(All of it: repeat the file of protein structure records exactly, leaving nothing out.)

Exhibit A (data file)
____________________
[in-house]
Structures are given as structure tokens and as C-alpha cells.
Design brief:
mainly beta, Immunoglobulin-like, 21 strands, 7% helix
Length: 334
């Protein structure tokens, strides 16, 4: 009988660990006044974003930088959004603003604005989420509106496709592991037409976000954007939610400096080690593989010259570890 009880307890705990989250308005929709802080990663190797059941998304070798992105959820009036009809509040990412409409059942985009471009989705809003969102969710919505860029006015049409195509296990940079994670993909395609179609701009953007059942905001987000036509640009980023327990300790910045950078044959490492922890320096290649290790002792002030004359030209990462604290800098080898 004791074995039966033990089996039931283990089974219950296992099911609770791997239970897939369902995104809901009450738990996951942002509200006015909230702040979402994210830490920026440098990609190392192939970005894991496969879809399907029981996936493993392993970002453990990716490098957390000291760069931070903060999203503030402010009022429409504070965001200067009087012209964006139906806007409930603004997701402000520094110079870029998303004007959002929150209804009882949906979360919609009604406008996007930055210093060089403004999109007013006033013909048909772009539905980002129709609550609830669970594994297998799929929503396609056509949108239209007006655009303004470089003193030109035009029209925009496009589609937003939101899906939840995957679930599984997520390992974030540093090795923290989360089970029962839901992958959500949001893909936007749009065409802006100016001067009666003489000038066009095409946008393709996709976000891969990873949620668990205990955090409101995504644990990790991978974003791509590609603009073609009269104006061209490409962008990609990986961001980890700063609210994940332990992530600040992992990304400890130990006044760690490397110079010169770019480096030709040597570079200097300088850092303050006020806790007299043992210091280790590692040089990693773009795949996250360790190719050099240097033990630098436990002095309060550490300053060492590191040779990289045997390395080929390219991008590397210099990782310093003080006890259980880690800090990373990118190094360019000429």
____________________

[in-house]
Structures are given as structure tokens and as C-alpha cells.
Design brief:
mainly beta, Immunoglobulin-like, 21 strands, 7% helix
Length: 334
């Protein structure tokens, strides 16, 4: 009988660990006044974003930088959004603003604005989420509106496709592991037409976000954007939610400096080690593989010259570890 009880307890705990989250308005929709802080990663190797059941998304070798992105959820009036009809509040990412409409059942985009471009989705809003969102969710919505860029006015049409195509296990940079994670993909395609179609701009953007059942905001987000036509640009980023327990300790910045950078044959490492922890320096290649290790002792002030004359030209990462604290800098080898 004791074995039966033990089996039931283990089974219950296992099911609770791997239970897939369902995104809901009450738990996951942002509200006015909230702040979402994210830490920026440098990609190392192939970005894991496969879809399907029981996936493993392993970002453990990716490098957390000291760069931070903060999203503030402010009022429409504070965001200067009087012209964006139906806007409930603004997701402000520094110079870029998303004007959002929150209804009882949906979360919609009604406008996007930055210093060089403004999109007013006033013909048909772009539905980002129709609550609830669970594994297998799929929503396609056509949108239209007006655009303004470089003193030109035009029209925009496009589609937003939101899906939840995957679930599984997520390992974030540093090795923290989360089970029962839901992958959500949001893909936007749009065409802006100016001067009666003489000038066009095409946008393709996709976000891969990873949620668990205990955090409101995504644990990790991978974003791509590609603009073609009269104006061209490409962008990609990986961001980890700063609210994940332990992530600040992992990304400890130990006044760690490397110079010169770019480096030709040597570079200097300088850092303050006020806790007299043992210091280790590692040089990693773009795949996250360790190719050099240097033990630098436990002095309060550490300053060492590191040779990289045997390395080929390219991008590397210099990782310093003080006890259980880690800090990373990118190094360019000429």